The ESDC has three full time staff and 18 student assistants. They assist students and give them the help and advice when needed. “We get a variety of students in here. Some are pretty independent and others need more guidance. Some are timid and you can tell they know the analytics of what they need to make, but they’ve never had a chance to work hands-on before. We help them break their shell. Everyone comes from different backgrounds and we understand that everyone is learning, so we always give advice in a positive light,” said Batin.

Another successful UC Davis design team that frequents the ESDC is UC Davis Formula Racing, an engineering student-led research team that is challenged with designing, building and racing a high-performance electric vehicle that complies with the rules annually released through Society of Automotive Engineers (SAE) to compete in the annual Formula SAE Electric competition. The team is composed of students from a wide ranges of majors including mechanical, aerospace, electrical, computer science and materials engineers.

This past year, the team’s racecar, FE6, placed second in endurance, second in cost and fourth overall out of 30 teams at this year’s Formula SAE Electric international competition.

Mechanical parts laying on a tableThe team feels fortunate to have such an expansive resource accessible to them and is grateful for the ESDC and the staff’s support, helpful manufacturing insights and assistance to keep things moving smoothly whenever they can.

“During the year, it would be much, much more difficult to fabricate our cars without the ability to work between classes and on weekends next door to our lab. Testing time later in the year is critical for success at competition and replacement parts can be made more quickly in the ESDC than practically anywhere else. This allows us to identify problems and fix them without significant downtime,” said Colton Miles, the team manager.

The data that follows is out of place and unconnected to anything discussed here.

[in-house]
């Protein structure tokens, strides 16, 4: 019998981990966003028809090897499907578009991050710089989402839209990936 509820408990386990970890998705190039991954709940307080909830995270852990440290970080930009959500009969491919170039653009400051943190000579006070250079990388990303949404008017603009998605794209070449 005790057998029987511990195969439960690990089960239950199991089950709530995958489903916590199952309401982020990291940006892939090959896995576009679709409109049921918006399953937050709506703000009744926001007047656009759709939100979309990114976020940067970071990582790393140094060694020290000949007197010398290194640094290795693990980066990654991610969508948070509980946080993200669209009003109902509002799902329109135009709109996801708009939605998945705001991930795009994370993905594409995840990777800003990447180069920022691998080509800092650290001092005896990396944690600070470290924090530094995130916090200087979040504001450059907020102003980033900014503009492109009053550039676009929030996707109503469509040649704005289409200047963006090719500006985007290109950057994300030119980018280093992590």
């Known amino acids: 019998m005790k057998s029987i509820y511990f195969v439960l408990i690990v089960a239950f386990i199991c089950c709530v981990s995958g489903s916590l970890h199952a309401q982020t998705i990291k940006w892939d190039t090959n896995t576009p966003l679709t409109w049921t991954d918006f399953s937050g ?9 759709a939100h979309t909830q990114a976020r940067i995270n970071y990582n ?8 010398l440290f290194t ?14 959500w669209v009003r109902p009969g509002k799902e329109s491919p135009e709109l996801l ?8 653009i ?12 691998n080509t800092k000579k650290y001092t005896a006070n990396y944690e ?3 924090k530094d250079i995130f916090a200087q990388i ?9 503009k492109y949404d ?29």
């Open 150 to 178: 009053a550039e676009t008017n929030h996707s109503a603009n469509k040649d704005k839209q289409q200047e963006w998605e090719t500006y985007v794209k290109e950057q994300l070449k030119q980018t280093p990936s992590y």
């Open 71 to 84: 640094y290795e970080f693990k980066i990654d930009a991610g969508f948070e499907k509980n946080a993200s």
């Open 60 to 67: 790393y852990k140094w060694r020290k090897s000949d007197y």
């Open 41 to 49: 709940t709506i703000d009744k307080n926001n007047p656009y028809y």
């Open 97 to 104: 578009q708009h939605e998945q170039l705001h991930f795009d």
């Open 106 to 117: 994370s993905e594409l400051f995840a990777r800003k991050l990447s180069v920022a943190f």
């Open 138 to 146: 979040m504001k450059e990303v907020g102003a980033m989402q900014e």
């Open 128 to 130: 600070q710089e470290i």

UC Davis Chem-E-Car also takes advantage of the ESDC’s resources. They are similar to a robotics team, but instead of a mechanically/electrically based system, their small, shoe-box sized cars are both fueled and stopped by chemical reactions.

Chem-E-Car competes in regional competitions once a year, where they are given a target distance one hour before competition time. In this hour, they modify the specific power and stopping reactions in hopes of getting as close to the target distance as possible in two minutes or less.

“The ESDC has been essential in allowing us to fabricate our car chassis,” said Brandon Burgin, one of the team’s advisors. The chassis team works once a week in the ESDC and their time there often increases when testing multiple different proposed designs.

One of the most rewarding parts about working in the ESDC for the staff is seeing the end result of a student’s project. They see bits and pieces of the project along the way and have to imagine what the end result is going to be. They also learn from the students as they see what worked and what didn’t work and enjoy helping them come up with different solutions.

“Without the ESDC, our team would be extremely limited in terms of manufacturing and educational ability. The ESDC allows us to quickly and economically build our cars, all while teaching future engineers about translating engineering design into practical manufacturing. Opportunities to gain manufacturing knowledge and skills are rare, and something we are thankful the ESDC supports,” said Miles.